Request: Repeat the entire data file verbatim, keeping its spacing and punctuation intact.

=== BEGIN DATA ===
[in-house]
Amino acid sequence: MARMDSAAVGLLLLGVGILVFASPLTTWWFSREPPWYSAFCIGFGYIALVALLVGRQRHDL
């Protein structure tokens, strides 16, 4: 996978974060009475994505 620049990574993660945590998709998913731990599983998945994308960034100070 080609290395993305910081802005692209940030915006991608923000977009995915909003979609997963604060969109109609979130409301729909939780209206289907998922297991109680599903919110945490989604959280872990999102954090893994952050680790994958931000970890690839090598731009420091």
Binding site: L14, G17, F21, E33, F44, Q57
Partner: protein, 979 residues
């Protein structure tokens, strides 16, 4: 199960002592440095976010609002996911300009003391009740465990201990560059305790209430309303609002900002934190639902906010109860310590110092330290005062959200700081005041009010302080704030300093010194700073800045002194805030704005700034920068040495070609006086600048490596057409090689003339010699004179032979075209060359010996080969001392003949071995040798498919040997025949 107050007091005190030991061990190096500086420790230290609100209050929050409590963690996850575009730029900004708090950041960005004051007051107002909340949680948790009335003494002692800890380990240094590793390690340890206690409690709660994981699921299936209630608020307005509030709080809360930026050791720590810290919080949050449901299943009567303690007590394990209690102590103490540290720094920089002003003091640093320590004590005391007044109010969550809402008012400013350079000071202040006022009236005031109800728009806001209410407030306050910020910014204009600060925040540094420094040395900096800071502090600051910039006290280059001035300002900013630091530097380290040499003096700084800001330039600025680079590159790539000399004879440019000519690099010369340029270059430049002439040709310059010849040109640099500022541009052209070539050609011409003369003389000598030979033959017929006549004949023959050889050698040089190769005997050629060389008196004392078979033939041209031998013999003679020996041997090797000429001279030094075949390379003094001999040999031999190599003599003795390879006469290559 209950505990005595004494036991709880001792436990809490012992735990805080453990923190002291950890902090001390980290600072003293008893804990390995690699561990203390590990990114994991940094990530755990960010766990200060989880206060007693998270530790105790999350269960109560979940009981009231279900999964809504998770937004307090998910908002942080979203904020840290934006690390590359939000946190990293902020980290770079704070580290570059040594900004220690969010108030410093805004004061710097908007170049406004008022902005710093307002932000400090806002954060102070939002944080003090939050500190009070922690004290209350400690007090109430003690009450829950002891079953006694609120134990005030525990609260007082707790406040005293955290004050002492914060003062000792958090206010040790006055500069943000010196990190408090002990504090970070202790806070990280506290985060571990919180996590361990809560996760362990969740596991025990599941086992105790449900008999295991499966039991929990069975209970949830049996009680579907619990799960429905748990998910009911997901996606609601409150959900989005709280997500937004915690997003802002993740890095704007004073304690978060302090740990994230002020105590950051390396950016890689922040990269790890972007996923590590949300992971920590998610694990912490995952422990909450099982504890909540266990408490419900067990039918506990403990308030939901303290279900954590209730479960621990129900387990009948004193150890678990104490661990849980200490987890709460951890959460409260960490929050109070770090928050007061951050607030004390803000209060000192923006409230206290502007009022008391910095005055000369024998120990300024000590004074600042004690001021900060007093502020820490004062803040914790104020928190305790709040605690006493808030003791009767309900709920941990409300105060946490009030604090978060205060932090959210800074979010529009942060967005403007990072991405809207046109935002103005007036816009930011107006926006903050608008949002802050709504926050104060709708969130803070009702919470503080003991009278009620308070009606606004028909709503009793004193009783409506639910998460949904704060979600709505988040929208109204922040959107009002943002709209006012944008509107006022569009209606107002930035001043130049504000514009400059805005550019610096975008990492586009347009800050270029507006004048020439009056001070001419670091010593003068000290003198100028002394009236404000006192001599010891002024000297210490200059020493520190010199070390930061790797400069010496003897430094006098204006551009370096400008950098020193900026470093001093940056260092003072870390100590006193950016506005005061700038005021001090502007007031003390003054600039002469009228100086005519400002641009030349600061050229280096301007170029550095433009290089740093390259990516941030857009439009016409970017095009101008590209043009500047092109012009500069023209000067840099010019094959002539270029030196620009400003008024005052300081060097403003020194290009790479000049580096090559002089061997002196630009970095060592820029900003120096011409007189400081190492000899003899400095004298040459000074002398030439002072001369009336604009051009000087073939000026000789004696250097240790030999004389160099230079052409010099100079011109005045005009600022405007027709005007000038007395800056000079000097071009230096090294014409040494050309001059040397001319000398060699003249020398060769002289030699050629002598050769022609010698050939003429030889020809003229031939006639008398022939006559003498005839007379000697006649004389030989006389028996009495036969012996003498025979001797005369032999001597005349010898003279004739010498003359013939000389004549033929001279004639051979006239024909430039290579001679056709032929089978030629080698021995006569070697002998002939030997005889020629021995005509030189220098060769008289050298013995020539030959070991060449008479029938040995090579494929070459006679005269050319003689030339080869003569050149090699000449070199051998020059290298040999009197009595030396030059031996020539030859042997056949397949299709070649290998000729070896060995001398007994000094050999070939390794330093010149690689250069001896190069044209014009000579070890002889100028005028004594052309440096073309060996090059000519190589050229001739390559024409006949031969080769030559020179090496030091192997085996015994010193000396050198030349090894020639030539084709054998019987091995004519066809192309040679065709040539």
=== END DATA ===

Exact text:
[in-house]
Amino acid sequence: MARMDSAAVGLLLLGVGILVFASPLTTWWFSREPPWYSAFCIGFGYIALVALLVGRQRHDL
């Protein structure tokens, strides 16, 4: 996978974060009475994505 620049990574993660945590998709998913731990599983998945994308960034100070 080609290395993305910081802005692209940030915006991608923000977009995915909003979609997963604060969109109609979130409301729909939780209206289907998922297991109680599903919110945490989604959280872990999102954090893994952050680790994958931000970890690839090598731009420091």
Binding site: L14, G17, F21, E33, F44, Q57
Partner: protein, 979 residues
């Protein structure tokens, strides 16, 4: 199960002592440095976010609002996911300009003391009740465990201990560059305790209430309303609002900002934190639902906010109860310590110092330290005062959200700081005041009010302080704030300093010194700073800045002194805030704005700034920068040495070609006086600048490596057409090689003339010699004179032979075209060359010996080969001392003949071995040798498919040997025949 107050007091005190030991061990190096500086420790230290609100209050929050409590963690996850575009730029900004708090950041960005004051007051107002909340949680948790009335003494002692800890380990240094590793390690340890206690409690709660994981699921299936209630608020307005509030709080809360930026050791720590810290919080949050449901299943009567303690007590394990209690102590103490540290720094920089002003003091640093320590004590005391007044109010969550809402008012400013350079000071202040006022009236005031109800728009806001209410407030306050910020910014204009600060925040540094420094040395900096800071502090600051910039006290280059001035300002900013630091530097380290040499003096700084800001330039600025680079590159790539000399004879440019000519690099010369340029270059430049002439040709310059010849040109640099500022541009052209070539050609011409003369003389000598030979033959017929006549004949023959050889050698040089190769005997050629060389008196004392078979033939041209031998013999003679020996041997090797000429001279030094075949390379003094001999040999031999190599003599003795390879006469290559 209950505990005595004494036991709880001792436990809490012992735990805080453990923190002291950890902090001390980290600072003293008893804990390995690699561990203390590990990114994991940094990530755990960010766990200060989880206060007693998270530790105790999350269960109560979940009981009231279900999964809504998770937004307090998910908002942080979203904020840290934006690390590359939000946190990293902020980290770079704070580290570059040594900004220690969010108030410093805004004061710097908007170049406004008022902005710093307002932000400090806002954060102070939002944080003090939050500190009070922690004290209350400690007090109430003690009450829950002891079953006694609120134990005030525990609260007082707790406040005293955290004050002492914060003062000792958090206010040790006055500069943000010196990190408090002990504090970070202790806070990280506290985060571990919180996590361990809560996760362990969740596991025990599941086992105790449900008999295991499966039991929990069975209970949830049996009680579907619990799960429905748990998910009911997901996606609601409150959900989005709280997500937004915690997003802002993740890095704007004073304690978060302090740990994230002020105590950051390396950016890689922040990269790890972007996923590590949300992971920590998610694990912490995952422990909450099982504890909540266990408490419900067990039918506990403990308030939901303290279900954590209730479960621990129900387990009948004193150890678990104490661990849980200490987890709460951890959460409260960490929050109070770090928050007061951050607030004390803000209060000192923006409230206290502007009022008391910095005055000369024998120990300024000590004074600042004690001021900060007093502020820490004062803040914790104020928190305790709040605690006493808030003791009767309900709920941990409300105060946490009030604090978060205060932090959210800074979010529009942060967005403007990072991405809207046109935002103005007036816009930011107006926006903050608008949002802050709504926050104060709708969130803070009702919470503080003991009278009620308070009606606004028909709503009793004193009783409506639910998460949904704060979600709505988040929208109204922040959107009002943002709209006012944008509107006022569009209606107002930035001043130049504000514009400059805005550019610096975008990492586009347009800050270029507006004048020439009056001070001419670091010593003068000290003198100028002394009236404000006192001599010891002024000297210490200059020493520190010199070390930061790797400069010496003897430094006098204006551009370096400008950098020193900026470093001093940056260092003072870390100590006193950016506005005061700038005021001090502007007031003390003054600039002469009228100086005519400002641009030349600061050229280096301007170029550095433009290089740093390259990516941030857009439009016409970017095009101008590209043009500047092109012009500069023209000067840099010019094959002539270029030196620009400003008024005052300081060097403003020194290009790479000049580096090559002089061997002196630009970095060592820029900003120096011409007189400081190492000899003899400095004298040459000074002398030439002072001369009336604009051009000087073939000026000789004696250097240790030999004389160099230079052409010099100079011109005045005009600022405007027709005007000038007395800056000079000097071009230096090294014409040494050309001059040397001319000398060699003249020398060769002289030699050629002598050769022609010698050939003429030889020809003229031939006639008398022939006559003498005839007379000697006649004389030989006389028996009495036969012996003498025979001797005369032999001597005349010898003279004739010498003359013939000389004549033929001279004639051979006239024909430039290579001679056709032929089978030629080698021995006569070697002998002939030997005889020629021995005509030189220098060769008289050298013995020539030959070991060449008479029938040995090579494929070459006679005269050319003689030339080869003569050149090699000449070199051998020059290298040999009197009595030396030059031996020539030859042997056949397949299709070649290998000729070896060995001398007994000094050999070939390794330093010149690689250069001896190069044209014009000579070890002889100028005028004594052309440096073309060996090059000519190589050229001739390559024409006949031969080769030559020179090496030091192997085996015994010193000396050198030349090894020639030539084709054998019987091995004519066809192309040679065709040539």